Jackie’s star was rising and Black Americans from hundreds of miles away traveled to see this amazing talent steal bases, hit home runs and shine. Despite all the acclaim, Jackie continued to face prejudice at every turn. Ultimately it was Jackie’s spirit and convictions that won over fans’ hearts across the country. “In a nationwide contest of the most respected men in America, Jackie was ahead of President Truman and WWII heroes General Dwight D. Eisenhower and General Douglas MacArthur …” 42 Is Not Just a Number deftly chroniclesthis inspirational man’s impact not only upon his sport but also upon his era. I am confident young readers will agree.
Review by Ronna Mandel
ABOUT MULTICULTURAL CHILDREN’S BOOK DAY:
Multicultural Children’s Book Day 2018 (1/27/18) is in its 5th year and was founded by Valarie Budayr from Jump Into A Book and Mia Wenjen from PragmaticMom. Our mission is to raise awareness of the ongoing need to include kids’ books that celebrate diversity in home and school bookshelves while also working diligently to get more of these types of books into the hands of young readers, parents and educators.
Current Sponsors: MCBD 2018 is honored to have some amazing Sponsors on board.
We’d like to also give a shout-out to MCBD’s impressive CoHost Team who not only hosts the book review link-up on celebration day, but who also works tirelessly to spread the word of this event. View our CoHosts HERE.
TWITTER PARTY Sponsored by Scholastic Book Clubs: MCBD’s super-popular (and crazy-fun) annual Twitter Party will be held 1/27/18 at 9:00pm.
SHE PERSISTED: 13 American Women Who Changed the World
Written by Chelsea Clinton
Illustrated by Alexandra Boiger
(Philomel; $17.99, Ages 4-8)
★ Starred Review – Publishers Weekly
She Persisted, Chelsea Clinton’s historical picture book, celebrates thirteen strong and inspirational American women who overcame obstacles because they persisted. Featured are Harriet Tubman, Helen Keller, Clara Lemlich, Nellie Bly, Virginia Apgar, Maria Tallchief, Claudette Colvin, Ruby Bridges, Margaret Chase Smith, Sally Ride, Florence Griffith Joyner, Oprah Winfrey, and Sonia Sotomayor. The book’s opening line, “Sometimes being a girl isn’t easy” sets the tone. With perseverance comes progress.
Each woman’s legacy is summarized in only one paragraph and includes the motivational words “she persisted”; the text is offset by corresponding images and a relevant quote. More personal than a history textbook, these bite-size biographies share a glimpse into the adversity overcome to achieve individual dreams. The book’s concluding words, “They persisted and so should you,” reinforces camaraderie and illuminates the message that, if you stick with it, you, too, can evoke change.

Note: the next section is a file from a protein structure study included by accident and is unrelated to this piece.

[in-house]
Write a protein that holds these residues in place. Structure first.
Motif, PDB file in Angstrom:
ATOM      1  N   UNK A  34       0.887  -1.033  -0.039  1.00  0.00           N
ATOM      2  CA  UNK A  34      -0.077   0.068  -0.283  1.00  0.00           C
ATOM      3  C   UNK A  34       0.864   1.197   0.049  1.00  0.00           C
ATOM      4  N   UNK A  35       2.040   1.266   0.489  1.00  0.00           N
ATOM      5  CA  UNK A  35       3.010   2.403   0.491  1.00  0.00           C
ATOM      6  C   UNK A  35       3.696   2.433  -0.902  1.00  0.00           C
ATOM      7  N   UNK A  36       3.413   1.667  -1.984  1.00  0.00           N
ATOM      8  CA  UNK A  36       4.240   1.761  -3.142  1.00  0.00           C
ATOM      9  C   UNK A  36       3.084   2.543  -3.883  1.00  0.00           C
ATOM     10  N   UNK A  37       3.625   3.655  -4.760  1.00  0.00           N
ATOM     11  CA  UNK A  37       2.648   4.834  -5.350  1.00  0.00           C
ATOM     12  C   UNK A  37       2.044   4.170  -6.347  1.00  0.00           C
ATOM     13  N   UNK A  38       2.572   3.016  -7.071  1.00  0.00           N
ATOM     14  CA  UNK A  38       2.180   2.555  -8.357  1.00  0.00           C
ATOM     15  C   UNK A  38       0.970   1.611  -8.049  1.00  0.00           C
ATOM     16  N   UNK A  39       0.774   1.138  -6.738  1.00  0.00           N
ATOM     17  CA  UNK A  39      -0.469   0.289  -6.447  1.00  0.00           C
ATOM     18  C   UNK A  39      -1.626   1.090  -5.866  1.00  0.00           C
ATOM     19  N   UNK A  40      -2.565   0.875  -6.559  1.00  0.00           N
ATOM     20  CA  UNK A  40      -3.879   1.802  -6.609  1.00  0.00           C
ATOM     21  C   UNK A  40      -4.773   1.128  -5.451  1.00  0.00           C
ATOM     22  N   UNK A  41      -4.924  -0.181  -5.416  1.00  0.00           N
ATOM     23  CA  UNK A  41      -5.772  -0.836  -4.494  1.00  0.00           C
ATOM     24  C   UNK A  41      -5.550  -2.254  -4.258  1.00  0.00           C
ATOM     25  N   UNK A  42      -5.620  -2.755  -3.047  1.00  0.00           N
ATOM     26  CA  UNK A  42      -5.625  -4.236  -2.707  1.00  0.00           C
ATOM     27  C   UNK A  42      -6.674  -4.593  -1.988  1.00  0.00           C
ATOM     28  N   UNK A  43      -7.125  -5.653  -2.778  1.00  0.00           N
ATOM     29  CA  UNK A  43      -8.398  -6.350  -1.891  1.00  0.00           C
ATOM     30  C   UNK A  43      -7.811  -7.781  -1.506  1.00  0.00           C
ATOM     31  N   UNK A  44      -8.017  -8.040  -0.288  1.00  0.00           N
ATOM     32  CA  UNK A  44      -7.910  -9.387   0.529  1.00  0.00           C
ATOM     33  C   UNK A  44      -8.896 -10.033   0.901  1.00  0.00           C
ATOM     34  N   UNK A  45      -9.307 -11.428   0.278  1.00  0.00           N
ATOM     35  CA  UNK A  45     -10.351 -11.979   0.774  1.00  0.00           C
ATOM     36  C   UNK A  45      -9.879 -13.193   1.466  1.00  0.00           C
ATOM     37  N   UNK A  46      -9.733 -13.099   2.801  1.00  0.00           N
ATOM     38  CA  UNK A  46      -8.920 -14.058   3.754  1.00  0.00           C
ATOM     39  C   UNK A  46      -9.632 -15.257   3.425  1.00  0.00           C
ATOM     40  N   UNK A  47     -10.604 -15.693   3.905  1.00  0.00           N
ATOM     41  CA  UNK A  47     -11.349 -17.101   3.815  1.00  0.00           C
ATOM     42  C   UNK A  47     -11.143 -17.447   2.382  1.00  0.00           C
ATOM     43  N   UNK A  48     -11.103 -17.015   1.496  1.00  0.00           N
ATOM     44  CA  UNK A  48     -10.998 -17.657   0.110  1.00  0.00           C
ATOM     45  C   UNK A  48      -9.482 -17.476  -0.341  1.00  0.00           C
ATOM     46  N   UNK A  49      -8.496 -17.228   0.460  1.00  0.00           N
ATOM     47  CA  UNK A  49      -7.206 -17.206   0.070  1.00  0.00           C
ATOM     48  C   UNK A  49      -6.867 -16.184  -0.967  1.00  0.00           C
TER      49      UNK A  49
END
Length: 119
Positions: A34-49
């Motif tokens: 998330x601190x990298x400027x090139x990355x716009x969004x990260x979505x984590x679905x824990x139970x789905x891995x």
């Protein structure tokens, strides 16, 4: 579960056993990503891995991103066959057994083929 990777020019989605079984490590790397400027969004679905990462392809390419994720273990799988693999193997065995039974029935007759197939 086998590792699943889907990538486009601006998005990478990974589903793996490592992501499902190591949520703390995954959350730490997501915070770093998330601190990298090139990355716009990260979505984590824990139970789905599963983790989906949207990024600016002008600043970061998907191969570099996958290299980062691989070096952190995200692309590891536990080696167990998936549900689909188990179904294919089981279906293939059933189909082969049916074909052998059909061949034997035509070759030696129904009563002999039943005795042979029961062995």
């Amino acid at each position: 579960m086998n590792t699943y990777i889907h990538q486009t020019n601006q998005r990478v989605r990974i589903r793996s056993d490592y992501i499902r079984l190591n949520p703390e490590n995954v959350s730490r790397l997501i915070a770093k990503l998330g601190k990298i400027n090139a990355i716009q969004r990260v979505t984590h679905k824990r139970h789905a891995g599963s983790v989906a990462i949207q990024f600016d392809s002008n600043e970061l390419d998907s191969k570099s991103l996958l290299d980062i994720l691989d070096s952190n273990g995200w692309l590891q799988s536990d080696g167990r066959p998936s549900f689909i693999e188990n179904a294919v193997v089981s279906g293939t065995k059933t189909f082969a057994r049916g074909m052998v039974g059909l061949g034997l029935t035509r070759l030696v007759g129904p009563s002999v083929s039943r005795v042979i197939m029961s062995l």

Alexandra Boiger’s watercolor and ink images contrast muted tones alongside bright colors to effectively showcase these important moments. The opening two-page spread includes pictures of fourteen women; though not mentioned in the text, Hillary Clinton is depicted here.
She Persisted would make an encouraging gift for young girls “stepping up” through grades in elementary school. It would seem fitting that Chelsea Clinton write an accompanying book for boys.
Chelsea Clinton is the author of the New York Times bestselling It’s Your World: Get Informed, Get Inspired & Get Going! and, with Devi Sridhar, Governing Global Health: Who Runs the World and Why? She is also the Vice Chair of the Clinton Foundation, where she works on many initiatives including those that help to empower the next generation of leaders. She lives in New York City with her husband, Marc, their daughter, Charlotte, their son, Aidan, and their dog, Soren. You can follow her on Twitter at @ChelseaClinton or on Facebook at www.facebook.com/chelseaclinton.
Alexandra Boiger grew up in Munich, Germany, and studied graphic design before working as an animator in England and then at Dreamworks SKG in the United States. She is the author and illustrator of Max and Marla, and the illustrator of more than twenty picture books including the Tallulah series, and When Jackie Saved Grand Central. She has received the Parents’ Choice Award and has been featured on numerous state reading lists. Alexandra lives in California with her husband, Andrea, daughter, Vanessa, and two cats, Luiso and Winter. You can visit her online at www.alexandraboiger.com.
SUSAN B. ANTHONY AND FREDERICK DOUGLASS
Written by Dean Robbins,
Illustrated by Sean Qualls & Selina Alko
(Orchard Books/Scholastic; $17.99, Ages 4-8)
Two Friends is an excellent and inspiring new picture book about the friendship between Susan B. Anthony and Frederick Douglass. It’s told in such an immediate way that the reader is drawn right into the lives of these two legendary figures as they have tea together. Susan’s life is summed up best by the sentence, “And Susan had many things to do.” She really did. Author Dean Robbins looks back on Susan’s childhood noting that she did not get the education she wanted or deserved. This enables illustrators Quallsand Alko to portray Susan B. Anthony’s life in gorgeous and yet deceptively simple illustrations that show childhood pictures of Susan’s life at home that they’ve imagined her drawing. Susan’s journey to get the vote and to fight for equality got some mixed reactions by her peers, but it never stopped her.